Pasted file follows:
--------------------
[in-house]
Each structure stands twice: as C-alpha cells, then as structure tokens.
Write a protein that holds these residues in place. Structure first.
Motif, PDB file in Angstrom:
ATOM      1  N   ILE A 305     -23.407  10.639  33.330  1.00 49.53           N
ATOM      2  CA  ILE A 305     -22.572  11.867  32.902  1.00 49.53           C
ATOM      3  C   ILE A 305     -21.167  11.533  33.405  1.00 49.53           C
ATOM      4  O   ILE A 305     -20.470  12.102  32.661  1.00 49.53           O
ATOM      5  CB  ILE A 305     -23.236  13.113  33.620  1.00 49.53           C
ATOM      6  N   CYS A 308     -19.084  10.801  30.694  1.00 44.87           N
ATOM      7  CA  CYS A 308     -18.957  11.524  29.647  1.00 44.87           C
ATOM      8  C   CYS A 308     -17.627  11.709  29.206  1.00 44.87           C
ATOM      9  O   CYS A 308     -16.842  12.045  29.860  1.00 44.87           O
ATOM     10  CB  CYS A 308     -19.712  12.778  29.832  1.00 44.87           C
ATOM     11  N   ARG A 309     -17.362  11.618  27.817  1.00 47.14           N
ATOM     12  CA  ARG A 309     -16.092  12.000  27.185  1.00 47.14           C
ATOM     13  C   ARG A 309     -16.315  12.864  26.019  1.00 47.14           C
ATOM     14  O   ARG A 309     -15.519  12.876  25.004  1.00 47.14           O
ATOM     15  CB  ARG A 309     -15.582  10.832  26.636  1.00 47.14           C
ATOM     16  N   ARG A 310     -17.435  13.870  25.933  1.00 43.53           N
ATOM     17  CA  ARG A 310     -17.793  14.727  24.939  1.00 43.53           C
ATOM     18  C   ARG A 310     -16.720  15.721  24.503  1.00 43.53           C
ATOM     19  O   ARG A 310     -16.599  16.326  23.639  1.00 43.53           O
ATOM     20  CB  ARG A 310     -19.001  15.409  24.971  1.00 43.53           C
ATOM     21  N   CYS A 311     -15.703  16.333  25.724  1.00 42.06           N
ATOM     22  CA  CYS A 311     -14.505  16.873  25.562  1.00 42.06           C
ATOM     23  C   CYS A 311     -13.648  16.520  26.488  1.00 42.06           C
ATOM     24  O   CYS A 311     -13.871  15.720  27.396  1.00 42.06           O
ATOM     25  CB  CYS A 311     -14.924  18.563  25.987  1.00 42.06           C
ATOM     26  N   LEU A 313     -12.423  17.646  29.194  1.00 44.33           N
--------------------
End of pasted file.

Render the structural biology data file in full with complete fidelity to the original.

[in-house]
Each structure stands twice: as C-alpha cells, then as structure tokens.
Write a protein that holds these residues in place. Structure first.
Motif, PDB file in Angstrom:
ATOM      1  N   ILE A 305     -23.407  10.639  33.330  1.00 49.53           N
ATOM      2  CA  ILE A 305     -22.572  11.867  32.902  1.00 49.53           C
ATOM      3  C   ILE A 305     -21.167  11.533  33.405  1.00 49.53           C
ATOM      4  O   ILE A 305     -20.470  12.102  32.661  1.00 49.53           O
ATOM      5  CB  ILE A 305     -23.236  13.113  33.620  1.00 49.53           C
ATOM      6  N   CYS A 308     -19.084  10.801  30.694  1.00 44.87           N
ATOM      7  CA  CYS A 308     -18.957  11.524  29.647  1.00 44.87           C
ATOM      8  C   CYS A 308     -17.627  11.709  29.206  1.00 44.87           C
ATOM      9  O   CYS A 308     -16.842  12.045  29.860  1.00 44.87           O
ATOM     10  CB  CYS A 308     -19.712  12.778  29.832  1.00 44.87           C
ATOM     11  N   ARG A 309     -17.362  11.618  27.817  1.00 47.14           N
ATOM     12  CA  ARG A 309     -16.092  12.000  27.185  1.00 47.14           C
ATOM     13  C   ARG A 309     -16.315  12.864  26.019  1.00 47.14           C
ATOM     14  O   ARG A 309     -15.519  12.876  25.004  1.00 47.14           O
ATOM     15  CB  ARG A 309     -15.582  10.832  26.636  1.00 47.14           C
ATOM     16  N   ARG A 310     -17.435  13.870  25.933  1.00 43.53           N
ATOM     17  CA  ARG A 310     -17.793  14.727  24.939  1.00 43.53           C
ATOM     18  C   ARG A 310     -16.720  15.721  24.503  1.00 43.53           C
ATOM     19  O   ARG A 310     -16.599  16.326  23.639  1.00 43.53           O
ATOM     20  CB  ARG A 310     -19.001  15.409  24.971  1.00 43.53           C
ATOM     21  N   CYS A 311     -15.703  16.333  25.724  1.00 42.06           N
ATOM     22  CA  CYS A 311     -14.505  16.873  25.562  1.00 42.06           C
ATOM     23  C   CYS A 311     -13.648  16.520  26.488  1.00 42.06           C
ATOM     24  O   CYS A 311     -13.871  15.720  27.396  1.00 42.06           O
ATOM     25  CB  CYS A 311     -14.924  18.563  25.987  1.00 42.06           C
ATOM     26  N   LEU A 313     -12.423  17.646  29.194  1.00 44.33           N